Verse > Anthologies > Edmund Clarence Stedman, ed. > An American Anthology, 1787–1900
Edmund Clarence Stedman, ed. (1833–1908).  An American Anthology, 1787–1900.  1900.
1545. The Travellers
By Mark A. De Wolfe Howe
THEY made them ready and we saw them go
Out of our very lives;
Yet this world holds them all,
And soon it must befall
That we shall know        5
How this one fares, how that one thrives;
And one day—who knows when?
They shall be with us here again.
Another traveller left us late
Whose life was as the soul of ours;        10
A stranger guest went with him to the gate,
And closed it breathing back a breath of flowers.
And what the eyes we loved now look upon,
What industries the hands employ,
In what new speech the tongue hath joy,        15
We may not know—until one day,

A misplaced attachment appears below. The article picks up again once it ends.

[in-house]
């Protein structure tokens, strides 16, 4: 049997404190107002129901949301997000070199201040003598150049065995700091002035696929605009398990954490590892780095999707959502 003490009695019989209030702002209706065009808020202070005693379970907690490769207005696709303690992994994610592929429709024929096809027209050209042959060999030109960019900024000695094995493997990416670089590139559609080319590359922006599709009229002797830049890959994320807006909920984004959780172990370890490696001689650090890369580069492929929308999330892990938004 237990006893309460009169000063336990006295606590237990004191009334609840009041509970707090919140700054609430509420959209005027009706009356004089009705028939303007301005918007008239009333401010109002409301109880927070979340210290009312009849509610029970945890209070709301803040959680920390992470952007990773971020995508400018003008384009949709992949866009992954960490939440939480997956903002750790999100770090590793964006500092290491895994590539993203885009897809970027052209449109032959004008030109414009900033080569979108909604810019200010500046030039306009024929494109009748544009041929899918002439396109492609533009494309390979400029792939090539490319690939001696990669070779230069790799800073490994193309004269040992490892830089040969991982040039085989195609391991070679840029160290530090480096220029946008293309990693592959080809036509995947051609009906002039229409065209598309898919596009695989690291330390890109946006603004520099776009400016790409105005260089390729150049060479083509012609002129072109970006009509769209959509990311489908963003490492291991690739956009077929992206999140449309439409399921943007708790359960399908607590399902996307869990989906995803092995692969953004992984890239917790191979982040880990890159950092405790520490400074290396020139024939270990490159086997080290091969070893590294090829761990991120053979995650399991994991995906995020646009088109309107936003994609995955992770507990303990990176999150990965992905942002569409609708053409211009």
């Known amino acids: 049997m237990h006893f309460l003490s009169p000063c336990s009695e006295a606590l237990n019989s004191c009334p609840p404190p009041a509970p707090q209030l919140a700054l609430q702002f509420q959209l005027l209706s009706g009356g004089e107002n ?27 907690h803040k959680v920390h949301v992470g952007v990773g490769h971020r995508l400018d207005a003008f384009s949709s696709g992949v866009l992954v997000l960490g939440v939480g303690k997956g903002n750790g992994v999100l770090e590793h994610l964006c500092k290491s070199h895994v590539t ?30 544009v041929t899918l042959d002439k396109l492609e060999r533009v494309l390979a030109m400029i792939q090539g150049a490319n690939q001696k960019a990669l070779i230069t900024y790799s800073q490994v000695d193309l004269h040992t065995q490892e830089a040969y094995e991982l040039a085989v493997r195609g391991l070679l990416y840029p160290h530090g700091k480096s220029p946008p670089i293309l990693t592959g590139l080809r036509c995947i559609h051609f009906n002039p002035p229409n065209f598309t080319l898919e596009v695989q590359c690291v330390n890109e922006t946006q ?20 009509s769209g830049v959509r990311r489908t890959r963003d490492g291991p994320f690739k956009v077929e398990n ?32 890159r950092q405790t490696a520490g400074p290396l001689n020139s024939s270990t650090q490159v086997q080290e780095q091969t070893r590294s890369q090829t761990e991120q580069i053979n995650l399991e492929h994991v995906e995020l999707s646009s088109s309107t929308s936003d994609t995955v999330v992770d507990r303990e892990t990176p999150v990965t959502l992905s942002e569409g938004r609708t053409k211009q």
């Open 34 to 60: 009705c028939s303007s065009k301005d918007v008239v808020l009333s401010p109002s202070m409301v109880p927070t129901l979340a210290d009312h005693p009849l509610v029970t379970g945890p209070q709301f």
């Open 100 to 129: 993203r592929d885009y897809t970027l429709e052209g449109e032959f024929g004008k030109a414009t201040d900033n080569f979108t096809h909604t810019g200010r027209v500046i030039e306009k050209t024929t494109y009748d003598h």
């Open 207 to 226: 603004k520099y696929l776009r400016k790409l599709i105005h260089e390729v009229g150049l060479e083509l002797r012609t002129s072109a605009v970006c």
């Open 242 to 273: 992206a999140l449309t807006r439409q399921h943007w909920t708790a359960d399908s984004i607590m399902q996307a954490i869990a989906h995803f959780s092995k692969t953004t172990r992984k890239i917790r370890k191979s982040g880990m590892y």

And then another, as our toil is done,
The same still guest shall visit us,
And one by one
Shall take us by the hand and say,        20
“Come with me to the country marvellous,
Where he has dwelt so long beyond your sight.
’T were idle waiting for his own return
That ne’er shall be; face the perpetual light,
And with him learn        25
Whate’er the heavens unfold of knowledge infinite.”
Each after each then shall we rise,
And follow through the stranger’s secret gate,
And we shall ask and hear, beyond surmise,
What glorious life is his, since desolate        30
We stood about the bed
Where our blind eyes looked down on him as dead.


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